I am quite often named as a referee for old colleagues who are looking to change their roles. I generally have no issue with doing this, but I have been surprised that on some occasions I have had no prior knowledge that they have given my name as a referee until I actually get a call from the reference checker. This does put me in a difficult situation, as I therefore have no understanding of what the intended role entails, and sometimes even no understanding of what the sourcing company actually does, meaning that I first need a lengthy conversation to try and understand whether there may be any fit at all. In most situations such as this I try and politely decline, suggesting that I should first speak to the applicant, despite the fact that I know that this will most likely add some negative element to them being considered for the role.

via Wikimedia Commons

via Wikimedia Commons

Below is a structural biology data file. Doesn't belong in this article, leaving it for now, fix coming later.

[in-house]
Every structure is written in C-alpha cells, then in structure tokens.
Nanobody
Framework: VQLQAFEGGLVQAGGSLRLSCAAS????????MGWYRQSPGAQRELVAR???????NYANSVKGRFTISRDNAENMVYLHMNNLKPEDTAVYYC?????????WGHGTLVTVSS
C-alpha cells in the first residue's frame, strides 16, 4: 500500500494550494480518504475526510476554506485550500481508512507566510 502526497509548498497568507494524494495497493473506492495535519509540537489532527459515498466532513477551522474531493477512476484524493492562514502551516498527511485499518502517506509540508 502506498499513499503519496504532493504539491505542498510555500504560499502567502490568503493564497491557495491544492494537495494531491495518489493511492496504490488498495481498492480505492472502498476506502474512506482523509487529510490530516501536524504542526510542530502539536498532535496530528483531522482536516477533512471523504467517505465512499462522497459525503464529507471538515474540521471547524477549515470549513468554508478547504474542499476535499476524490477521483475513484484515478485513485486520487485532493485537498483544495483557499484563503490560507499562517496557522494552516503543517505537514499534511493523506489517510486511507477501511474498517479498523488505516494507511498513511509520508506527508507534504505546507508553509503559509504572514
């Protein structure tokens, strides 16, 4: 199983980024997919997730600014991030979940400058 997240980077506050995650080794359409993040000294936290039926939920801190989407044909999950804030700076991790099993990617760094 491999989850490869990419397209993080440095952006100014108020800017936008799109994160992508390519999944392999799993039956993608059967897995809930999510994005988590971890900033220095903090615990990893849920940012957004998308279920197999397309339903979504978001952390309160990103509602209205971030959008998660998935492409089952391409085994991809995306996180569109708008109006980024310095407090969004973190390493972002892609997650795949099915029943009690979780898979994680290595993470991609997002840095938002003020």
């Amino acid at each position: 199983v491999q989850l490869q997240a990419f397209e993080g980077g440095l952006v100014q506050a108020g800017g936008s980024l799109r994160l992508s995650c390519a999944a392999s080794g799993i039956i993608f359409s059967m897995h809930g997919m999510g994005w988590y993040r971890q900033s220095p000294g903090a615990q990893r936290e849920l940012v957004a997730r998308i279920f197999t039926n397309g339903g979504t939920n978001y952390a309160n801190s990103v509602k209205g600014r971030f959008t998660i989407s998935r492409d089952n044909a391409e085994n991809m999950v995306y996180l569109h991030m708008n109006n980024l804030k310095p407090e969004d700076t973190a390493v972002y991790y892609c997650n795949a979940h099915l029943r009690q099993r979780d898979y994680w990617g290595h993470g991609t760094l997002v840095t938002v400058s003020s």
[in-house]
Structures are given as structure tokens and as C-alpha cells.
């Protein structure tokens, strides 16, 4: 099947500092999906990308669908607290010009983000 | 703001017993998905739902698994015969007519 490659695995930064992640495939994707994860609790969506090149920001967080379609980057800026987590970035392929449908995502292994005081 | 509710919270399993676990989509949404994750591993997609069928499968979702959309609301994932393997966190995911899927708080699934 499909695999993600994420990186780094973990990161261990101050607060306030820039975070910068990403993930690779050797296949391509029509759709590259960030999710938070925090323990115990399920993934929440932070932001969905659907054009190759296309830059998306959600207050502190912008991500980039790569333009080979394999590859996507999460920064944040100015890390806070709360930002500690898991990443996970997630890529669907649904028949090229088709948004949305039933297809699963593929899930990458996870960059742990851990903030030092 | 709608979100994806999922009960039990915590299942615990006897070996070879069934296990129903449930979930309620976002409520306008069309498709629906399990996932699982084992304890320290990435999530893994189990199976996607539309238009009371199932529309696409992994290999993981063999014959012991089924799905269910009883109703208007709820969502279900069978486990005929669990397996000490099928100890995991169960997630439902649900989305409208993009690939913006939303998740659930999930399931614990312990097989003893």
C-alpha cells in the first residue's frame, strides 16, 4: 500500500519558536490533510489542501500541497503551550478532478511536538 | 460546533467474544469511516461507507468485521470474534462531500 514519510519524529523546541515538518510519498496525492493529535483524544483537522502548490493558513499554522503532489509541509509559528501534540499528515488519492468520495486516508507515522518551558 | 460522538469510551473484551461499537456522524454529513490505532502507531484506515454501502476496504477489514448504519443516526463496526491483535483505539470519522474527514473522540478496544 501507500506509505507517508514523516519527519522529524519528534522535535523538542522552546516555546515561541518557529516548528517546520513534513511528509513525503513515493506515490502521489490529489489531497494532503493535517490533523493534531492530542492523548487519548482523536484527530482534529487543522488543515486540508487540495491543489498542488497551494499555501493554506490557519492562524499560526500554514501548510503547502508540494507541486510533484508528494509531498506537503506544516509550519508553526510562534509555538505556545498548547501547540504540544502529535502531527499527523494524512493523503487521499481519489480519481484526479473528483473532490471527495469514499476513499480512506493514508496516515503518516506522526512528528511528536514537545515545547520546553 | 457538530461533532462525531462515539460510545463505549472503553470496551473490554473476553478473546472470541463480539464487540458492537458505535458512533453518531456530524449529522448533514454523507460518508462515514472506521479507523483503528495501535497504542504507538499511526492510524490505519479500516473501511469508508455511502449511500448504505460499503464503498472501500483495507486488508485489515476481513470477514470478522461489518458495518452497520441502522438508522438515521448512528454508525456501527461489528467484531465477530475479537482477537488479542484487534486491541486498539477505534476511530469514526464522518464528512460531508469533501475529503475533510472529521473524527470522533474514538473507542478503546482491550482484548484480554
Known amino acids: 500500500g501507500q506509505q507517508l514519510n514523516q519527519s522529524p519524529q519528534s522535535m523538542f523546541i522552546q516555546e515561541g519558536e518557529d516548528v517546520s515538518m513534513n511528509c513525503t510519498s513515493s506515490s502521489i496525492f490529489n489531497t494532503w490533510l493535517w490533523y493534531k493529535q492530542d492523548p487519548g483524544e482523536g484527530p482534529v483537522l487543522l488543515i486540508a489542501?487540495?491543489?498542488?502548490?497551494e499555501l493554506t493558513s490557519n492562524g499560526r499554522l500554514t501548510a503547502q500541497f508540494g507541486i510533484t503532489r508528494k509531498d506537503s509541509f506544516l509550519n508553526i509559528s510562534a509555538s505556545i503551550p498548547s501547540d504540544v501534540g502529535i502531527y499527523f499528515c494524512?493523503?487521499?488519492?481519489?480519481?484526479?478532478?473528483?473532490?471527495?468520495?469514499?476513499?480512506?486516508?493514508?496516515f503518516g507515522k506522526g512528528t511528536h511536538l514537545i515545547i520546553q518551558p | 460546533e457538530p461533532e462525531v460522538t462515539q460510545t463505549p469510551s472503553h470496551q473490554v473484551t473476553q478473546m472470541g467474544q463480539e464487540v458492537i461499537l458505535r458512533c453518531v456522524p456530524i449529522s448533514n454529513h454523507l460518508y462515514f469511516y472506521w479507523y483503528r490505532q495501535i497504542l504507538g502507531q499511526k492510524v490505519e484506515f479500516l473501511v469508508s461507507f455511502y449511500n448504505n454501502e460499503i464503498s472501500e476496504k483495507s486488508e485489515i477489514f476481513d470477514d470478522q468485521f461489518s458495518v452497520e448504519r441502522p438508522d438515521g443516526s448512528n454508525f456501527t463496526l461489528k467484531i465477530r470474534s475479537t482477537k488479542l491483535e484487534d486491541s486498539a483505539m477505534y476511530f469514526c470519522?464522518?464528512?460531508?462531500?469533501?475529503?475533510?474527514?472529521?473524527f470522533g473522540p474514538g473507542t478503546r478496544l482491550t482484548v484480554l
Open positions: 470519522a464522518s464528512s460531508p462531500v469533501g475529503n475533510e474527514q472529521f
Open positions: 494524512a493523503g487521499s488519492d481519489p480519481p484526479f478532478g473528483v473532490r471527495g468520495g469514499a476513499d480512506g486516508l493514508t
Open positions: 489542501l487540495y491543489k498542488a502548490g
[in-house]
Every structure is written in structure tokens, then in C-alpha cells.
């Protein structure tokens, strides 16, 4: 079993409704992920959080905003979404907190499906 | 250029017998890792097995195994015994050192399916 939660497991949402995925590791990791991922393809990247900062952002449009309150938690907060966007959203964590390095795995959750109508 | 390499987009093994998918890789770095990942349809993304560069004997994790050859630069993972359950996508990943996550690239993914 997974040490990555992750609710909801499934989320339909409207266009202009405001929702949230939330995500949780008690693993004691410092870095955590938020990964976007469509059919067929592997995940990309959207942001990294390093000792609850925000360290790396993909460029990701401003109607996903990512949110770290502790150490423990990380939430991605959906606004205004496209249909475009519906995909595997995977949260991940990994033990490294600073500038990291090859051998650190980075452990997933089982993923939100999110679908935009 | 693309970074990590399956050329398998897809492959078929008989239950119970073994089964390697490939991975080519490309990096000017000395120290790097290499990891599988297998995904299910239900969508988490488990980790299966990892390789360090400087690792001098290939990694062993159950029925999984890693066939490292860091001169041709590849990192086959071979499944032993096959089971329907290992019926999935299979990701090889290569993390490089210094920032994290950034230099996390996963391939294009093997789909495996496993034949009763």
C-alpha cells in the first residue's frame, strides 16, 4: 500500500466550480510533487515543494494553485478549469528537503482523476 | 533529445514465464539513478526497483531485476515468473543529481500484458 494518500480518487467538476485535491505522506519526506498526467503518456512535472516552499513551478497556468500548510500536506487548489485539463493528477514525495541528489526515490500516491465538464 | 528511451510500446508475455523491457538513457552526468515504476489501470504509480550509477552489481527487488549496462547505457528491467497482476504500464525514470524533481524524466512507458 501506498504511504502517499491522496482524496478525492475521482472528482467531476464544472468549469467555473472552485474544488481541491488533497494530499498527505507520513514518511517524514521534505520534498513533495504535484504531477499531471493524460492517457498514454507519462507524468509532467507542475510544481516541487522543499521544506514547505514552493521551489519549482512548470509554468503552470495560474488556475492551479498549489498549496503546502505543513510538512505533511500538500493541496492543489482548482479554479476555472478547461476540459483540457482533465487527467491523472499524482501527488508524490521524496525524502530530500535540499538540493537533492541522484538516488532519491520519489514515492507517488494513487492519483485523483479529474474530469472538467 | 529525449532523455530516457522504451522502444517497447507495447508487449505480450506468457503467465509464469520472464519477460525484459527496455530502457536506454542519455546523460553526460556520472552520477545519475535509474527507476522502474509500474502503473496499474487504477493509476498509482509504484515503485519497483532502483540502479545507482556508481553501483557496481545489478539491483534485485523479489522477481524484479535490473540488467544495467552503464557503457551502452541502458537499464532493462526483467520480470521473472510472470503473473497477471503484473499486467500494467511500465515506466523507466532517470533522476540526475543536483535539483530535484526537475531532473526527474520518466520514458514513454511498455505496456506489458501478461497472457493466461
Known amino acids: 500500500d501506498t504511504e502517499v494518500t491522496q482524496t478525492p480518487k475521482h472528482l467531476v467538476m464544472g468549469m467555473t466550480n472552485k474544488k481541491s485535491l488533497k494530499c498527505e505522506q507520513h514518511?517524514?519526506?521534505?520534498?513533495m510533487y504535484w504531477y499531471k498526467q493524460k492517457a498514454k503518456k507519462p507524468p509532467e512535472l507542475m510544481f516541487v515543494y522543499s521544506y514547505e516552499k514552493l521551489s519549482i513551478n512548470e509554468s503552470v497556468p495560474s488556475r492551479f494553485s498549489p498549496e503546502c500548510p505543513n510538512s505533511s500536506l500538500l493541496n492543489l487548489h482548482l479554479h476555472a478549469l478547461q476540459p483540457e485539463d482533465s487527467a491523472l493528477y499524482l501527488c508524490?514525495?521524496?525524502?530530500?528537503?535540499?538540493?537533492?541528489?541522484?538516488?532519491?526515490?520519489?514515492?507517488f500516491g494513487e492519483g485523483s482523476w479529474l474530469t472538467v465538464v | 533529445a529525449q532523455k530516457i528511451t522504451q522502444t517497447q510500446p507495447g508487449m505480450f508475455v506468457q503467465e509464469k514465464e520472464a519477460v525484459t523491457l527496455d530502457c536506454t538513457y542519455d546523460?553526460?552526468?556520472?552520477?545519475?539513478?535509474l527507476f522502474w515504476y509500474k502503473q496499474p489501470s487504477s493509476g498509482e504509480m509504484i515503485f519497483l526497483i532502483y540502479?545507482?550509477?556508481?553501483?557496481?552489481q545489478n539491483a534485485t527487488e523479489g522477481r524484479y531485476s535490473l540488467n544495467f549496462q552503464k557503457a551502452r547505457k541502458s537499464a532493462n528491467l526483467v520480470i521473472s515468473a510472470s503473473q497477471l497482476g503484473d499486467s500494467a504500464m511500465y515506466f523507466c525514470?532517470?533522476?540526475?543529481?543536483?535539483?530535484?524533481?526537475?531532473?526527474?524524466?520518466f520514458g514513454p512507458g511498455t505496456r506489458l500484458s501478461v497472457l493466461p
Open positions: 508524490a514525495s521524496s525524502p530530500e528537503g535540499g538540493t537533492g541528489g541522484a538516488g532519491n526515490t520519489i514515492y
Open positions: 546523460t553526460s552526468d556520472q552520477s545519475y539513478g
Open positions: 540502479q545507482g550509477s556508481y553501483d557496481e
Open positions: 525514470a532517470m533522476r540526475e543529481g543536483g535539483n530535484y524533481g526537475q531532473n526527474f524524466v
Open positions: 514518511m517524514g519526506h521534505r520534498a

I am also faced with the situation quite often when I am asked to be a referee for someone, and then agreeing to do so, of not being asked by the applicant as to what I would actually be prepared to say about them. I had this situation very recently when I was asked to act as a referee for a sales manager who had worked for me some 10 years earlier and who had become a CEO during the past decade. I received the referee request by email, replied in the positive by email, and then heard nothing until I received a phone call from the PA of one of the recruiting board members to establish a time that I would be free to have a conversation about the applicant’s suitability. It was not until this call with the board member took place that I realised that the vacancy they were trying to fill was for the role of CEO for a mid-sized global business. As I had no idea whatsoever about the applicant’s ability to fill a CEO role, having only worked with him as a country sales manager, I had to politely decline to act as a referee.